Millions of Filipinos lack access to basic care for many reasons. One crucial constraint is the out of pocket payment which takes up the largest share of the total health expenditure. Thus, medical and surgical missions conducted by charity organizations plays an important role in the health financing system in the Philippines. As a medical practitioner, I admire what these organizations do and for that reason I value the opportunities and experiences I had serving those marginalized by the health system through these missions. Most importantly sharing my profession to those that are heavily in need of it gives me an extraordinary kind of fulfillment as I am now part of a bigger cause.
Through the help of a friend and a former classmate Dr Precious Bañas, a doctor of Medical Ambassadors Philippines (MAP), I was able to be a part of this surgical mission. MAP is a non-government organization which provides primary health training, services and spiritual programs or wholistic ministry to mostly indigenous groups in the Philippines. They collaborate with other organizations like Mission to Heal to conduct medical or surgical missions in different communities in the country; hence they are in need of doctors who want to volunteer for this cause. I have been doing medical and surgical missions with MAP since I was a senior intern. When Dr Bañas informed me about the 3-week surgical mission to be conducted in 3 municipalities of Marinduque and1 municipality of Mindoro, I was really excited. I was ecstatic to know that I will have the opportunity to do minor surgeries, however, I also felt nervous as this was my first time to collaborate with Mission to Heal.
The mission started December 27, 2017, but since it was the holidays I was only able to join the team come the first week of January. In January 5, 2018 I spent 12 hours traveling alone to Marinduque, a place I have never been before. When I arrived at the hotel where the team was staying, I was shocked to see only 4 people, Dr Glenn, Tina, Joshua and Gerry (one volunteer from US just left, Dr. Jun went back to Manila to see some patient and expected to be back after two days). I became curious as to how they do things given the small amount of people; also I still have not seen the mobile surgical unit (MSU). How can six people be the entire surgical team on this mission?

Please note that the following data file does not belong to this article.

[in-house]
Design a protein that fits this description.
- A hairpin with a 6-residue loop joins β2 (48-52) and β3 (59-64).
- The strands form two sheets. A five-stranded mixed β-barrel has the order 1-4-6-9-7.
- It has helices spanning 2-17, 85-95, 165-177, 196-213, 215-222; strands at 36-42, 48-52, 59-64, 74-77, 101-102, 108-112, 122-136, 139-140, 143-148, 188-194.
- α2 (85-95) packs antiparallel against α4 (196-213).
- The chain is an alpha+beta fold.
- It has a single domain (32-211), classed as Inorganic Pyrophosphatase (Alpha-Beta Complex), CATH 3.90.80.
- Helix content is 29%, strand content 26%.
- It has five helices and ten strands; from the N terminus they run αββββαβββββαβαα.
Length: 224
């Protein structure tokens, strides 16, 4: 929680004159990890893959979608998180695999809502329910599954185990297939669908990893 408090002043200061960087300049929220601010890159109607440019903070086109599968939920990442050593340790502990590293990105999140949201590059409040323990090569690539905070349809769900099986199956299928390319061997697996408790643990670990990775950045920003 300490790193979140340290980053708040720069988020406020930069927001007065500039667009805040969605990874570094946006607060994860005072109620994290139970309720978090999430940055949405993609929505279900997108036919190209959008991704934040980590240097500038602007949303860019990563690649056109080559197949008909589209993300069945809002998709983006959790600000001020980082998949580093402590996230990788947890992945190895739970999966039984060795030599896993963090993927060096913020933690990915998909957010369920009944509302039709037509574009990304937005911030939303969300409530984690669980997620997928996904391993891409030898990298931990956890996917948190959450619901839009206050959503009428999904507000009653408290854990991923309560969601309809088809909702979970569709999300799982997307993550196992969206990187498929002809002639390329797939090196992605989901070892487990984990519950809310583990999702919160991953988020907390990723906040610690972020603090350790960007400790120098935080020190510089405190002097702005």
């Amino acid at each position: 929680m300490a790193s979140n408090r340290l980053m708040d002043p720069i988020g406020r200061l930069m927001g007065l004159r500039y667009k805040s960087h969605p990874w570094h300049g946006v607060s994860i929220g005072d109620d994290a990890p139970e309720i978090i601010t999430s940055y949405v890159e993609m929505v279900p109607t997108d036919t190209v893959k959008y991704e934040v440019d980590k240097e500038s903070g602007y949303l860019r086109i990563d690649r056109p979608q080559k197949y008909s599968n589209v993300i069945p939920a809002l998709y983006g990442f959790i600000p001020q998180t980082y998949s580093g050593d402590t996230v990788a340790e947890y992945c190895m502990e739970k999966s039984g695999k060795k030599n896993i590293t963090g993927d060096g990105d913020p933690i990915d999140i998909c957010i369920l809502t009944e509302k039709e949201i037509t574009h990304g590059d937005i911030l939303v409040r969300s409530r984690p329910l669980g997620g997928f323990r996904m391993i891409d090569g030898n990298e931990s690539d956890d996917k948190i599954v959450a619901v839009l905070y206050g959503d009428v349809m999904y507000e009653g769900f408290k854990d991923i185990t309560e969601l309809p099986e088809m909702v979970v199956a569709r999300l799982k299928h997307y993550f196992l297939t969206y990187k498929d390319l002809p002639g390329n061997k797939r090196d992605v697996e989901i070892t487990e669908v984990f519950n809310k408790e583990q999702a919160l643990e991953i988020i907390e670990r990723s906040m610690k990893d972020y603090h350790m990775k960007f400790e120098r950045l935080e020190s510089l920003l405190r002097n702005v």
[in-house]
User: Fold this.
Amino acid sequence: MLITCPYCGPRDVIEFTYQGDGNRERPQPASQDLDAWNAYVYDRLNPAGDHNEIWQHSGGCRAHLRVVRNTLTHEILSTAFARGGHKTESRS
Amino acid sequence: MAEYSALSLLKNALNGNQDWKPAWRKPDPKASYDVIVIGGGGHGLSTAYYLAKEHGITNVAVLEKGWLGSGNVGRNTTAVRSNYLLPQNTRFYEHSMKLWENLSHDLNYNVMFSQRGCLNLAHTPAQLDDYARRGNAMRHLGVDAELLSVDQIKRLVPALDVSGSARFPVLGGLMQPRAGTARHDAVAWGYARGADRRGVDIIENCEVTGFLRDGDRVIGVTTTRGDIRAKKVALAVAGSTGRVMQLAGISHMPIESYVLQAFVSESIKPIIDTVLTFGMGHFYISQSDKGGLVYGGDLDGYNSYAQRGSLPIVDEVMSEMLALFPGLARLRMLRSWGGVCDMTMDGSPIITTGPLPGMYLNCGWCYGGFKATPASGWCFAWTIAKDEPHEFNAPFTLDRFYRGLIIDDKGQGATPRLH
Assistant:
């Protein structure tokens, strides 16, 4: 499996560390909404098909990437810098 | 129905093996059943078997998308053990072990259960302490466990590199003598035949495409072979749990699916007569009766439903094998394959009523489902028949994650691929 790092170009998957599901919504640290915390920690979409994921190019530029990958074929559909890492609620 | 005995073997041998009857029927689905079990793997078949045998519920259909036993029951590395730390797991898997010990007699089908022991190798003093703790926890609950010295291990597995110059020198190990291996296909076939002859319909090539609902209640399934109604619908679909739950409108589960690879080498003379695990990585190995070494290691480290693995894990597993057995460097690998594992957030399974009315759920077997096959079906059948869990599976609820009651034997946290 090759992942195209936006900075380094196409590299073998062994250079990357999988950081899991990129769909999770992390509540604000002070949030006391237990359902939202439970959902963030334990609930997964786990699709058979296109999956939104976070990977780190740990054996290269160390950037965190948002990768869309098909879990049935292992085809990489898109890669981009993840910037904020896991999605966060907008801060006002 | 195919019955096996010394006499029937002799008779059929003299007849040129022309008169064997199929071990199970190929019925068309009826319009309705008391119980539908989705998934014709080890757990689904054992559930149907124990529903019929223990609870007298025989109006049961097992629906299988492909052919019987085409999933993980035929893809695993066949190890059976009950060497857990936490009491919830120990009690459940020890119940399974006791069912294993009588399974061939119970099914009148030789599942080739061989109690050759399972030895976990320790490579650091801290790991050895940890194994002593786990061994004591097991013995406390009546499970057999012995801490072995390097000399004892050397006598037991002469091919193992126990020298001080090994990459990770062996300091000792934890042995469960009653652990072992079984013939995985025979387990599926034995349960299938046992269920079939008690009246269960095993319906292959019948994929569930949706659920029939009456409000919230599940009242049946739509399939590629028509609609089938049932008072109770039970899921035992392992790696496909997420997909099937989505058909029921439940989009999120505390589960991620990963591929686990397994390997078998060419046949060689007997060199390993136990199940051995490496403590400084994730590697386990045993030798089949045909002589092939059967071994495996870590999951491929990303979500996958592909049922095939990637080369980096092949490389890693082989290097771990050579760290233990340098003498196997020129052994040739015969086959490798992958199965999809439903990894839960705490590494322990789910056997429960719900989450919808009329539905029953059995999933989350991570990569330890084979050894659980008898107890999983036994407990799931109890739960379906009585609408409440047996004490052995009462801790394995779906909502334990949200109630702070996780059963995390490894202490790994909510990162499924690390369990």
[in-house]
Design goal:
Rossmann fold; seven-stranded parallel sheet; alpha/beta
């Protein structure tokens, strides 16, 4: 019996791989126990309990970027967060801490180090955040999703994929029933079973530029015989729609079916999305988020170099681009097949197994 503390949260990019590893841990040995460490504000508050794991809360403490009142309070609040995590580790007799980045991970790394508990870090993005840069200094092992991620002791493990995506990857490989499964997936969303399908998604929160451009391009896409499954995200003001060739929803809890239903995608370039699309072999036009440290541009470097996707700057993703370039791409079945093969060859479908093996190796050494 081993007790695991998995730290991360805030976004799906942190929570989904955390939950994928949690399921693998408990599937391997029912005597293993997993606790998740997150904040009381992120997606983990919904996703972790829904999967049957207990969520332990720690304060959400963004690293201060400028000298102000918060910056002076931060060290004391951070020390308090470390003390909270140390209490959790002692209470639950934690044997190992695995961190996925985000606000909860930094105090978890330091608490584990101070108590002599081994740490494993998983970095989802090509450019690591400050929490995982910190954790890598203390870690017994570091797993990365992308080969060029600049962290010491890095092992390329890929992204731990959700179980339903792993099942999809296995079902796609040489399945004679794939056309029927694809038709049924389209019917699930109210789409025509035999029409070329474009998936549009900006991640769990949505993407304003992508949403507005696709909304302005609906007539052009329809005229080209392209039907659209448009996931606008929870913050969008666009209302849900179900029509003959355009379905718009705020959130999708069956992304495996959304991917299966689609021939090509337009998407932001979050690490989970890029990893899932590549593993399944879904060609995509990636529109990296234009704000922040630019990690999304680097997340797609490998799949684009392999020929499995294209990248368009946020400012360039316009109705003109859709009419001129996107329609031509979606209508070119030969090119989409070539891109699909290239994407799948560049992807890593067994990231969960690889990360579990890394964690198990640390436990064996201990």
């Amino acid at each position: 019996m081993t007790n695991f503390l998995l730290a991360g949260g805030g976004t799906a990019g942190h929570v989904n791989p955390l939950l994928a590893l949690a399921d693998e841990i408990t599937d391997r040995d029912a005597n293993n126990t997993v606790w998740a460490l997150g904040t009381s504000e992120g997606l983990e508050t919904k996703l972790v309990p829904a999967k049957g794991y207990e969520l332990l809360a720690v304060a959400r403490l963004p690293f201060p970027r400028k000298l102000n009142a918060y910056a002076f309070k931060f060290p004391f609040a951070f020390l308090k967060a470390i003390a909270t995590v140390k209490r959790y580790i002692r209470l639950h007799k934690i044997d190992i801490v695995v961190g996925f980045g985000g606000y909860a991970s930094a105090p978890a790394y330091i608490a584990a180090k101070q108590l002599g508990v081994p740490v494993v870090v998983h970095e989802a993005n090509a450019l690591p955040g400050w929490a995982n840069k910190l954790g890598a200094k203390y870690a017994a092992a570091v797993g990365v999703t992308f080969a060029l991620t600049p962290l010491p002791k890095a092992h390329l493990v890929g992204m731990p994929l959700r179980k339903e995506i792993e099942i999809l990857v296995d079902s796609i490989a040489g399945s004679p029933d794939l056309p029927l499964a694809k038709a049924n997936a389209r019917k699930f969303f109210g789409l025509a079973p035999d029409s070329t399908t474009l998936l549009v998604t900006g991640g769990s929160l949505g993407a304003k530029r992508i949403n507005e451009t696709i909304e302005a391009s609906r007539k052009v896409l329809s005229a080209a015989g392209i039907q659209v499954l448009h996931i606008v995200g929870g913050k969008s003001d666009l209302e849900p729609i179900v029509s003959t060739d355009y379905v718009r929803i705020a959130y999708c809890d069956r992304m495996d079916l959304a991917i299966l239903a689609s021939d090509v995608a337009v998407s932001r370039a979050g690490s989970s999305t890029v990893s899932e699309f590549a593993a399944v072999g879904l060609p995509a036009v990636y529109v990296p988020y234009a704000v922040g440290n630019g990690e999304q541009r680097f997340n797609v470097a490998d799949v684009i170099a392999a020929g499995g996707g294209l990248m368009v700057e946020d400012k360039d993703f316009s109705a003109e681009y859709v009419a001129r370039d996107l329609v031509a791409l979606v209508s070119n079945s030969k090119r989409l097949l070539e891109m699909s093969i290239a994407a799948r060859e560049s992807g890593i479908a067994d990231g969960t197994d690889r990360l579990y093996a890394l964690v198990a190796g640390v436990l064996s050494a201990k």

On the day when we were to do surgeries, (Dr Jun was back from manila and we were also joined by 1 medical student from US) I didn’t know what my exact role was. I was thinking maybe I was just going to help them see patients or maybe assist on some surgeries. By the time we were inside the MSU, Dr Glenn called me and taught me how to excise a lipoma in a woman’s back and after that a fibroadenoma. I assisted in both procedures. When the third patient came in with a case of sebaceous cyst, Dr. Glenn let me do it by myself and that was my very first surgery. For the entire trip, he let me do surgery alone, sometimes assisted by him or Tina whenever I had difficulty. For this reason I am very much grateful, not only for allowing me to perform surgery alone but also for being part of this team and serving a greater cause. I was even happier when patients started giving us bananas, biscuits, peanut butter and other goodies just to show how much they appreciate the work that we have done for them. As these minor surgeries we performed were not minor for them at all. This mission did not only help them but their families as well. These are the people who will choose to remain sick just to save money to buy food for their families, given their income status. They are also the ones who live in the farthest villages and can’t afford to travel to the hospital miles away because it cost too much. We did minor surgeries with major impact on these patients.
This is definitely the best experience I had as a medical practitioner. I was able to learn a lot of things and apply them to help the underserved people of Marinduque and Mindoro. Three weeks, 2 provinces, 4 municipalities, 4 painful boatrides, over 300 surgeries, 2 organizations (M2H, MAP), 1 team (the A Team).
by: Ava Betheska B. Bautista, MD